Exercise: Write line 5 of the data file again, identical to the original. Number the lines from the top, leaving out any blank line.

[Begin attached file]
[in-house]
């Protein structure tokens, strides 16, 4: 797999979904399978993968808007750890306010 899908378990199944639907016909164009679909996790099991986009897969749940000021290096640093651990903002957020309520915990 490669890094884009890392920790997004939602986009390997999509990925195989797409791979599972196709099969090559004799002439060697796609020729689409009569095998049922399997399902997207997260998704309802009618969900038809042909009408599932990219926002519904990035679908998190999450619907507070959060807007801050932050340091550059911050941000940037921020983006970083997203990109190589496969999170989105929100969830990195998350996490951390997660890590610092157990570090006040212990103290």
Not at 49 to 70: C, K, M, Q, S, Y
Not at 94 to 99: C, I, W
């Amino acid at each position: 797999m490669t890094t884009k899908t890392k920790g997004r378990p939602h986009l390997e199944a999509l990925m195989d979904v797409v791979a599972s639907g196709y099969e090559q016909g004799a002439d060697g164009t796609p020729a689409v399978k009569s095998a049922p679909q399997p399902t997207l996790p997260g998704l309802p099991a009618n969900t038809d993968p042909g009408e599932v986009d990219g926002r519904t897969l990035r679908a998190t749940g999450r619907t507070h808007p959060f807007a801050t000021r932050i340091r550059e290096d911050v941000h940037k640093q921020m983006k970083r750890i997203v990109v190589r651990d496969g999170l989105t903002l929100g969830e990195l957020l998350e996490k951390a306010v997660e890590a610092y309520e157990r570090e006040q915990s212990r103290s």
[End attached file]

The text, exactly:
């Amino acid at each position: 797999m490669t890094t884009k899908t890392k920790g997004r378990p939602h986009l390997e199944a999509l990925m195989d979904v797409v791979a599972s639907g196709y099969e090559q016909g004799a002439d060697g164009t796609p020729a689409v399978k009569s095998a049922p679909q399997p399902t997207l996790p997260g998704l309802p099991a009618n969900t038809d993968p042909g009408e599932v986009d990219g926002r519904t897969l990035r679908a998190t749940g999450r619907t507070h808007p959060f807007a801050t000021r932050i340091r550059e290096d911050v941000h940037k640093q921020m983006k970083r750890i997203v990109v190589r651990d496969g999170l989105t903002l929100g969830e990195l957020l998350e996490k951390a306010v997660e890590a610092y309520e157990r570090e006040q915990s212990r103290s």